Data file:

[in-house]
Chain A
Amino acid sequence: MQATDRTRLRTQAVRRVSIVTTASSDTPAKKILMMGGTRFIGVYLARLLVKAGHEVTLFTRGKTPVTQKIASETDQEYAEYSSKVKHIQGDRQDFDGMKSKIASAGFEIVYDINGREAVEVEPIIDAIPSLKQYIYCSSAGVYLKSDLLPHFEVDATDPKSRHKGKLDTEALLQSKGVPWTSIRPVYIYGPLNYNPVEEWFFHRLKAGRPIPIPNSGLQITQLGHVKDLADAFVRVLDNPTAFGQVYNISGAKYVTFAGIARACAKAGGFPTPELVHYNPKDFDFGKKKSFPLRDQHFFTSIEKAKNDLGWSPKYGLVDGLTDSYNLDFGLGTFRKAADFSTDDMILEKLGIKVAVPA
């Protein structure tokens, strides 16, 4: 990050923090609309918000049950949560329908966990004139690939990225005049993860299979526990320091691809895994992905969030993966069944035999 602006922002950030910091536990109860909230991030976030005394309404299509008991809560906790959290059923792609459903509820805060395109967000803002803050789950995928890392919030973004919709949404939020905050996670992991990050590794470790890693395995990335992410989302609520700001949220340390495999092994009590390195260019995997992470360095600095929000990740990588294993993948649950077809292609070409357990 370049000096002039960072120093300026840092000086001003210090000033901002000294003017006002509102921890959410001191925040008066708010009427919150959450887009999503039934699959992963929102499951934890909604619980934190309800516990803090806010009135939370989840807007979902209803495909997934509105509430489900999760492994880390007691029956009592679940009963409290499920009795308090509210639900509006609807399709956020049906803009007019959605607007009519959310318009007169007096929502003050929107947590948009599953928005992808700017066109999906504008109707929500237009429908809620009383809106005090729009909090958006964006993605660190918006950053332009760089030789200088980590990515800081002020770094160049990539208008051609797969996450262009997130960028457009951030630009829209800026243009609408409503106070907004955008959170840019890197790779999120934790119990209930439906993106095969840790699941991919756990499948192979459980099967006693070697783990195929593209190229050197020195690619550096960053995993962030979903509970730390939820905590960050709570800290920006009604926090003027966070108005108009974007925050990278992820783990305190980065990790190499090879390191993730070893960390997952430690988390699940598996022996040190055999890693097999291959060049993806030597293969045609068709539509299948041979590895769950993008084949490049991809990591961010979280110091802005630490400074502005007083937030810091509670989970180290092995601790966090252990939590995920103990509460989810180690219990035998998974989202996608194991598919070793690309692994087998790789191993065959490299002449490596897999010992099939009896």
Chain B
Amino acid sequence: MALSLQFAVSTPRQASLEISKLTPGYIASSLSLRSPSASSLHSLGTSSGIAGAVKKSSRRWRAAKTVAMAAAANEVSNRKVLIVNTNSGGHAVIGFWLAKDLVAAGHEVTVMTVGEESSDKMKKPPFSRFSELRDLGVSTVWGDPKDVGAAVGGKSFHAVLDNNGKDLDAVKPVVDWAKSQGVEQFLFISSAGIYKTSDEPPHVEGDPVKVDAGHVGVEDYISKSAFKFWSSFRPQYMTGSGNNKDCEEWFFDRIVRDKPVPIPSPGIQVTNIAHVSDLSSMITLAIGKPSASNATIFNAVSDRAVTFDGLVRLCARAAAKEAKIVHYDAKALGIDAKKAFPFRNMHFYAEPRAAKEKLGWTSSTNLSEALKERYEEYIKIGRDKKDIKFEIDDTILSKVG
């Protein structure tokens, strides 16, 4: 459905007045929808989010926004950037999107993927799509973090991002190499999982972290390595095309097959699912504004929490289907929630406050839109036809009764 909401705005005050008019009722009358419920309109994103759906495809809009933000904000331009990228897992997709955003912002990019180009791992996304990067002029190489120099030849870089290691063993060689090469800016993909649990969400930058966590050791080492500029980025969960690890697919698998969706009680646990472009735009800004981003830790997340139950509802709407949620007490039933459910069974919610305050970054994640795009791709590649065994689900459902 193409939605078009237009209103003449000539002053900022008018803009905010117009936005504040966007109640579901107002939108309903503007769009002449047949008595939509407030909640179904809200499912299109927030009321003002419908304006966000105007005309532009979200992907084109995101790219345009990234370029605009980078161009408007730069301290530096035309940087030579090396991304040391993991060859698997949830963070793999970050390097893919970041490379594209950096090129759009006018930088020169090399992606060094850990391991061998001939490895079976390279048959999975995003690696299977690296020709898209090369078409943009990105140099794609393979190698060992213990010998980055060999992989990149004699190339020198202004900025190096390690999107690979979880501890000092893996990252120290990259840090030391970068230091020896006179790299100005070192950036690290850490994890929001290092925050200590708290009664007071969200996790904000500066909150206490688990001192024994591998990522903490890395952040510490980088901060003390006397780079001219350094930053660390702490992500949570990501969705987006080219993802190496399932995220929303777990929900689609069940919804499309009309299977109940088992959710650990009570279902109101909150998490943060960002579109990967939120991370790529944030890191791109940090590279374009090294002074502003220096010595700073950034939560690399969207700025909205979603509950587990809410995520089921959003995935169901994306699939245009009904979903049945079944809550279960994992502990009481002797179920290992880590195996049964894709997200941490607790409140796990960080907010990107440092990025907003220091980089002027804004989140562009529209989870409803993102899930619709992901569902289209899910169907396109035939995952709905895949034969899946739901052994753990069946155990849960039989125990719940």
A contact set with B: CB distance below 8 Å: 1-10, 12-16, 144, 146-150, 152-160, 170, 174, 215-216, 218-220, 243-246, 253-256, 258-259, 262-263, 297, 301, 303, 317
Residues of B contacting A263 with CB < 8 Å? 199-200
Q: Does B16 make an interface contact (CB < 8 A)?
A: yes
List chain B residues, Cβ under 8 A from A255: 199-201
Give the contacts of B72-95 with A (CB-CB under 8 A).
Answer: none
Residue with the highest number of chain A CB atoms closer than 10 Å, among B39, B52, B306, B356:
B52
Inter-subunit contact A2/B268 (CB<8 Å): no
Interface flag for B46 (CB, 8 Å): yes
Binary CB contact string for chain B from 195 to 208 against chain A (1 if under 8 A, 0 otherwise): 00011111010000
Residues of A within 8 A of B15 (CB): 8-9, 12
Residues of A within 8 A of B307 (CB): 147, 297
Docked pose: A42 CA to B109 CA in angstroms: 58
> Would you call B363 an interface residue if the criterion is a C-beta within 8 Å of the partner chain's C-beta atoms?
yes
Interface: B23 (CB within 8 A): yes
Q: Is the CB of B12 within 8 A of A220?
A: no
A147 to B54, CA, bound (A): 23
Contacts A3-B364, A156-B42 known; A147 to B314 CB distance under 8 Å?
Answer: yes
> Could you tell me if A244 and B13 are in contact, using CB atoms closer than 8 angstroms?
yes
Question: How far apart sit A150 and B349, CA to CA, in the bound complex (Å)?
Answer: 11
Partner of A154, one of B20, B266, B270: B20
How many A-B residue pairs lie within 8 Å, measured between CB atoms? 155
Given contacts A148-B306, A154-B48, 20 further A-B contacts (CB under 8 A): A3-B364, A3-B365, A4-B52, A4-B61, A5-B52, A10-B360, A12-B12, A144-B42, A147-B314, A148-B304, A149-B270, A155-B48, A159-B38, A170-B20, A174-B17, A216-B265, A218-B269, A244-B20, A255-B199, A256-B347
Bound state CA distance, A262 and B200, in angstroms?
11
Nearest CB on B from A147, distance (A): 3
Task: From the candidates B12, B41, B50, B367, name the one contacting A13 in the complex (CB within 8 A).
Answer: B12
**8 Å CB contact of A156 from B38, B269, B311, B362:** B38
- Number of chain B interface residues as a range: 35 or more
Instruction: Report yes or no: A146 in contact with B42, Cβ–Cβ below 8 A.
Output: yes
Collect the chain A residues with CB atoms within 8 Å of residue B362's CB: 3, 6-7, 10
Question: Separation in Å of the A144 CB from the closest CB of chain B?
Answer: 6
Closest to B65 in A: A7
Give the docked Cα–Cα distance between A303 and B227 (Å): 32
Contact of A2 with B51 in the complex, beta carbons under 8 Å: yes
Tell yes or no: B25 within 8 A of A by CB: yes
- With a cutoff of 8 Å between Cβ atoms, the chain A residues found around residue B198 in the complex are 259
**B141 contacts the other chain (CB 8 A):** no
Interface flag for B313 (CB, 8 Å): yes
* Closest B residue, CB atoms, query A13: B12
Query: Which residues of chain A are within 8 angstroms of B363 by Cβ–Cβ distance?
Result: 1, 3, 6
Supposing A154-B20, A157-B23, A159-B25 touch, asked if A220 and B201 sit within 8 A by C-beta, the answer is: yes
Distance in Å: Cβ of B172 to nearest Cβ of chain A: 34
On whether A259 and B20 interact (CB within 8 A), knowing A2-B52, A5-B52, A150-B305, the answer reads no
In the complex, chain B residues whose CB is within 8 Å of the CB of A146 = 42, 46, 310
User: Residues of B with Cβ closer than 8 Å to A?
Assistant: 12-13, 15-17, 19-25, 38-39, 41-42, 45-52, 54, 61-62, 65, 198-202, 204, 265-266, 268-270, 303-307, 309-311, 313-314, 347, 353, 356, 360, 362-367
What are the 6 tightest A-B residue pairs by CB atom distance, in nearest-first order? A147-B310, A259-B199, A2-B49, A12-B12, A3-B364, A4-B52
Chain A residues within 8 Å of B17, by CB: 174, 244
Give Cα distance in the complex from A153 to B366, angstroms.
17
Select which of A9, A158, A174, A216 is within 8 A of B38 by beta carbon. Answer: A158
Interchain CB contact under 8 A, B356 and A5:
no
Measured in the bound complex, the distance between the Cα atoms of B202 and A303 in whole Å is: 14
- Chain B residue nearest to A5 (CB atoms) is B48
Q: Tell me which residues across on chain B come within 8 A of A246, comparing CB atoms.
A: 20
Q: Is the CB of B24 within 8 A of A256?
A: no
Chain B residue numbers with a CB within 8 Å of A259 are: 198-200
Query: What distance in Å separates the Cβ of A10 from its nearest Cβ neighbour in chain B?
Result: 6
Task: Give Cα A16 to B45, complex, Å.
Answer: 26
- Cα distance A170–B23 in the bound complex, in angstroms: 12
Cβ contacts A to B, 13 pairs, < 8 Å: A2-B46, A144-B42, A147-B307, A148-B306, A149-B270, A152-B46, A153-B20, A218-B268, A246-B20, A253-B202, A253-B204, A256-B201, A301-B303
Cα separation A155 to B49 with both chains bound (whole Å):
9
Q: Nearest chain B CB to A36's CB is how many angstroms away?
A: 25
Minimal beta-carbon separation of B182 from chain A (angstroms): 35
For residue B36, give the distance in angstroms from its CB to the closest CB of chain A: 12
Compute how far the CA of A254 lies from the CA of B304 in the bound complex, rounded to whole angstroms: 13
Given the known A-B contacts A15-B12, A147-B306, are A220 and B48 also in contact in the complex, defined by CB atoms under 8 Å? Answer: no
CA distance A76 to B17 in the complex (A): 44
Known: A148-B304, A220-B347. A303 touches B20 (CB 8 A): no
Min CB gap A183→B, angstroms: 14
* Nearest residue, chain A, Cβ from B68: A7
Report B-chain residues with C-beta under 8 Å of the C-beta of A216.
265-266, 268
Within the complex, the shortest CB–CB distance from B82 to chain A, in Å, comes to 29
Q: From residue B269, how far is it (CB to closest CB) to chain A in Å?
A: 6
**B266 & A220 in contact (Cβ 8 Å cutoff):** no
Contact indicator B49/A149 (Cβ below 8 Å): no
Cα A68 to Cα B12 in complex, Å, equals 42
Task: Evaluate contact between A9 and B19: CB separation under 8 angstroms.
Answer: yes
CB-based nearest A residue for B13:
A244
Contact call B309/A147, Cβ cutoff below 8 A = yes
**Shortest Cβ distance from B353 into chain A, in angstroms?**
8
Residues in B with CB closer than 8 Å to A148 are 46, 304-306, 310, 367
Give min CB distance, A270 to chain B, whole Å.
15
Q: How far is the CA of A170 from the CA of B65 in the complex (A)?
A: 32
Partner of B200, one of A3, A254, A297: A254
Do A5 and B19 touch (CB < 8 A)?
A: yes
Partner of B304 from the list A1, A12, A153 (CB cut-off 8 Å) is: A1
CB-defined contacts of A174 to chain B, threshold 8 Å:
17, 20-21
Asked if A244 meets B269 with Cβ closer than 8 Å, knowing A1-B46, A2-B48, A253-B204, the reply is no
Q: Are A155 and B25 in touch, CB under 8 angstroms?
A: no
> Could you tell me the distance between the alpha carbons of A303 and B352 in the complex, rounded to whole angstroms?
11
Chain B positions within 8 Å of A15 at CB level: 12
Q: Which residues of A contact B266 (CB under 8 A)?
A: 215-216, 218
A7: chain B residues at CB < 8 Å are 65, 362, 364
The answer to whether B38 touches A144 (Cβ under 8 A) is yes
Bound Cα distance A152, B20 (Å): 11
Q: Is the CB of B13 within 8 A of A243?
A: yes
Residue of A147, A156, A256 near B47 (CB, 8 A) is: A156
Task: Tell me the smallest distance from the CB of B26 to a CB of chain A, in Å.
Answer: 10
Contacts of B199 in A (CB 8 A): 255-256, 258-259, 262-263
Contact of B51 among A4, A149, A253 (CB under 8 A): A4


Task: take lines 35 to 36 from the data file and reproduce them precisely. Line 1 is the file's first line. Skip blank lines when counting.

Partner of A154, one of B20, B266, B270: B20
How many A-B residue pairs lie within 8 Å, measured between CB atoms? 155